Having lived in a variety of urban areas over the years, I've thought a bit about the evolution of city spaces and the ways in which built environments affect the culture. Sometimes the starkest places provide enough visual allure to imprint our consciousness and inform our community identity.
There's stark intrigue in the pictures by Rachel Herrick and Sarah Powers on display at Mahler Fine Art this month. Their show takes shape around those overlooked corners of community and urban life: abandoned industrial buildings, back alleys and old storefronts, as well as such underexamined features as the rear facades of buildings and other architectural edges and infrastructure. What unifies the show, however, is the artists' laborious, methodical techniques.
Rachel Herrick's images are nighttime views—several are culled from the Fuquay-Varina area—and she paints derelict locations, as well as recognizable landmarks such as the hamburger joint RJ's Place. She begins by converting photographs she's taken into monotones and mirror reversed. The image is then split up, printed out in 8-by-10-inch portions, slathered in acrylic medium and laid directly on her panel surfaces. After letting the panels sit for 48 hours, she peels off the original photographic paper, leaving transferred image and line work behind. What remains is a ready framework upon which Herrick can apply markings, washes, tints of color and more acrylic medium texture. As if all that didn't lend a sumptuous enough surface, she also underlays various materials such as bed sheets or burlap to bestow a mysterious layered nimbus to the work. The lush combination of layered, nocturnal views and richly worked surfaces transfixes the eye.
Sarah Powers works within a brighter color scheme of light grays, pastel yellows and frosty whites, a palette that makes her work appear positively sunny in contrast to Herrick's after-hours scenes. Her paintings are often pierced by an occasional streetscape element like a utility pole or a traffic sign, power lines or a construction crane or two inscribed in energetically but sparely drawn lines. Utilizing a minimalist-inflected editorial sense, Powers composes spare meditative rectangles that evoke building facades and cityscape elements. I found the sprouting of poles and cranes to provide welcome visual relief—the work would suffer without them.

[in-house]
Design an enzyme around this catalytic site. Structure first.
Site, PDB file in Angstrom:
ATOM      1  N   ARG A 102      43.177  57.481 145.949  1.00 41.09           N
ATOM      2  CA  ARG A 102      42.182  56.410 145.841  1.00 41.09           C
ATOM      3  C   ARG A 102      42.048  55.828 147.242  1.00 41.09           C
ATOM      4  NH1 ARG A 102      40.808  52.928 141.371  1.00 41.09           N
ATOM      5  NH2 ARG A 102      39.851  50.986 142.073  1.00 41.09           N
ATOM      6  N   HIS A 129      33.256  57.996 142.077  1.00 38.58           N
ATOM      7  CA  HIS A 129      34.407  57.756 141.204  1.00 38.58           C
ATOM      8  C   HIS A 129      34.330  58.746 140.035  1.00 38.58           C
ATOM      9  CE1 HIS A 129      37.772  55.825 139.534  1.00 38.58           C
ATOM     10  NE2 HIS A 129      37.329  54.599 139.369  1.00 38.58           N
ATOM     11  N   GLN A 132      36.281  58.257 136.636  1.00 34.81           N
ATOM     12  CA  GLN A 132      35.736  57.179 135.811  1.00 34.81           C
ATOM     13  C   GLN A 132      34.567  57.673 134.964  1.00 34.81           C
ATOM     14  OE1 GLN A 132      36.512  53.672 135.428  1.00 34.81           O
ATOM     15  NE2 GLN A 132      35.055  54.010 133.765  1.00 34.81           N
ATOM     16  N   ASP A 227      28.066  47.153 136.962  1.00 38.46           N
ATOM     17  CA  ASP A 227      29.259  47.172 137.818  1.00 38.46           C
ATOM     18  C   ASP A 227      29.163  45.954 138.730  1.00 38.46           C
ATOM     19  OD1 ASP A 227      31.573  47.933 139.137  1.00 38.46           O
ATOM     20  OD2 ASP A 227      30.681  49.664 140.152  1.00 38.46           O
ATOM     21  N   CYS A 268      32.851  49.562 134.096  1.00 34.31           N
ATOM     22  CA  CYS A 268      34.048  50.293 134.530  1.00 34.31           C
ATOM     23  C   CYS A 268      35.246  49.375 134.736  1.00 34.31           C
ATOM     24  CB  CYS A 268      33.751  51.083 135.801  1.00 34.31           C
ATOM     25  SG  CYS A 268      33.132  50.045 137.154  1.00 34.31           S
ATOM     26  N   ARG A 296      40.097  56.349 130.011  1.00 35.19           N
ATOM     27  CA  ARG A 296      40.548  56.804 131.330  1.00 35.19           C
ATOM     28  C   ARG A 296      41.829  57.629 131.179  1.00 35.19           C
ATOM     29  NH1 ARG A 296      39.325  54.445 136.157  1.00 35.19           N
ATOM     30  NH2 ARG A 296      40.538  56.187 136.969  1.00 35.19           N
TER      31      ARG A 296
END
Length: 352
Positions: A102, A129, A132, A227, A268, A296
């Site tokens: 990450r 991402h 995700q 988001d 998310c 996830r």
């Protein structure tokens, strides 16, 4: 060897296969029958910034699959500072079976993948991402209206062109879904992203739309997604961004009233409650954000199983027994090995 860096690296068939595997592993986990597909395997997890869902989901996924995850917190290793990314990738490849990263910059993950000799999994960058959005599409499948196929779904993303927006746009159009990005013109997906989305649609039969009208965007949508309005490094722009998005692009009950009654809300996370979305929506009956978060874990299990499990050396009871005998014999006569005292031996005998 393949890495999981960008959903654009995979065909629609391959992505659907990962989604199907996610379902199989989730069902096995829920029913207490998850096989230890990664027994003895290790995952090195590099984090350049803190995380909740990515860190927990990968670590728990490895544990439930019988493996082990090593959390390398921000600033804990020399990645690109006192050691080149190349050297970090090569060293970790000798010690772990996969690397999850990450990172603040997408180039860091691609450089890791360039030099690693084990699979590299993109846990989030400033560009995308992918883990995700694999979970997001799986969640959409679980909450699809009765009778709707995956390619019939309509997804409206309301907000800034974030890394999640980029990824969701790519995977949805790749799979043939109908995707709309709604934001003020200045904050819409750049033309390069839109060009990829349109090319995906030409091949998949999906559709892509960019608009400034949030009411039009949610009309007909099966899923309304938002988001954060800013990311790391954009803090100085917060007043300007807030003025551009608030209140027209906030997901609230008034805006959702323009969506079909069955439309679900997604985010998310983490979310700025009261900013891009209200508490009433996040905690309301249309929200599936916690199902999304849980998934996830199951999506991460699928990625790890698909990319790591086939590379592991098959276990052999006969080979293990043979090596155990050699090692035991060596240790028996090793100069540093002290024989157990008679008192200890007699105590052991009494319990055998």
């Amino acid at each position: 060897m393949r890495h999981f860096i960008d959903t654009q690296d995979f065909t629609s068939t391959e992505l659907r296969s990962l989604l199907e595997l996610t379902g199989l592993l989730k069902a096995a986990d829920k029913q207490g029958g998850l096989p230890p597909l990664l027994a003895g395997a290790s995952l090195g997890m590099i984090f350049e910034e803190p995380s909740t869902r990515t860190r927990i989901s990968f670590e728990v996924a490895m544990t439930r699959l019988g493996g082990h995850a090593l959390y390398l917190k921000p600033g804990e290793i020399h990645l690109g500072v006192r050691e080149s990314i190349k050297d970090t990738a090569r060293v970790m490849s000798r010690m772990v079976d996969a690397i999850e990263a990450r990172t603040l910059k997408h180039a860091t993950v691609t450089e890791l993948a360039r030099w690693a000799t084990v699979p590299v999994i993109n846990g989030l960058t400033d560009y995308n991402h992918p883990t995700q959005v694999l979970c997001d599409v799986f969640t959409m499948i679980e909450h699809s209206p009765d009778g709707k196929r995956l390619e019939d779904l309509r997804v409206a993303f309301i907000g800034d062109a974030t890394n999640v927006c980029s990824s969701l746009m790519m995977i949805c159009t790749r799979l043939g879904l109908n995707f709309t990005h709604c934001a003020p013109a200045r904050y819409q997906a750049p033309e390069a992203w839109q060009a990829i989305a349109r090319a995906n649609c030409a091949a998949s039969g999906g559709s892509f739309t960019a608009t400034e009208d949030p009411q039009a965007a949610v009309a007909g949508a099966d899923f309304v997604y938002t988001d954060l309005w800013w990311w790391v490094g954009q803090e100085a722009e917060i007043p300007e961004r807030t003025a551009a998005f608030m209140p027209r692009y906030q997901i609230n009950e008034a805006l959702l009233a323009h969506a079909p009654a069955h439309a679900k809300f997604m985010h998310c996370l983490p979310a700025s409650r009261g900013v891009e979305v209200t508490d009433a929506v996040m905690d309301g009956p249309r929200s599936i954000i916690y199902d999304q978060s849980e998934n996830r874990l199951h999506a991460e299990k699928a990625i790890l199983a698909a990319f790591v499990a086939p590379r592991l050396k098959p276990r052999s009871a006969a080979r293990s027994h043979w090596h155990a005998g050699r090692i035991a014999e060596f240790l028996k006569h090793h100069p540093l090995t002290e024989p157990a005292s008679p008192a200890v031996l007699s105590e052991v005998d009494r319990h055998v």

Her markings are bolstered by blocks of flat color, rendered in paint, graph paper or even affixed X-ray film. There's also a few wondrously little collage doodads here and there that entertain the eye—a teeny-tiny human figure affixed to one corner, various numbers or a lone jigsaw puzzle piece hanging out where two colors meet.
Her spare canvases are uniformly well composed, and their visual strength hinges on the ambiguity Powers strikes between representational artifact and her rigorously pared collage technique. Like Herrick, she also utilizes a layered aesthetic by incorporating grid patterns and a boldly wrinkled fabric underneath her painted surface that seems extra plush, like cloth material that begs to be touched.
Though both Herrick and Powers take inspiration from remote urban landscapes, it is to the artists' credit that the work never feels desolate. The show has a fugacious feel, as if the artists took an especially observant walk around town, stopping to take notes along the way. In stark contrast to the roving viewpoints, their deliberate mixed-media techniques bestow a lyrical, tactile propinquity to their work. The artists' work holds together in this exhibit through technical dexterity, even as their color palettes and value ranges could hardly be further apart. This is not a bad thing. It reminds me of urban realities and how the corners of a town—even those as close as within a single city block—maintain their distance from each other.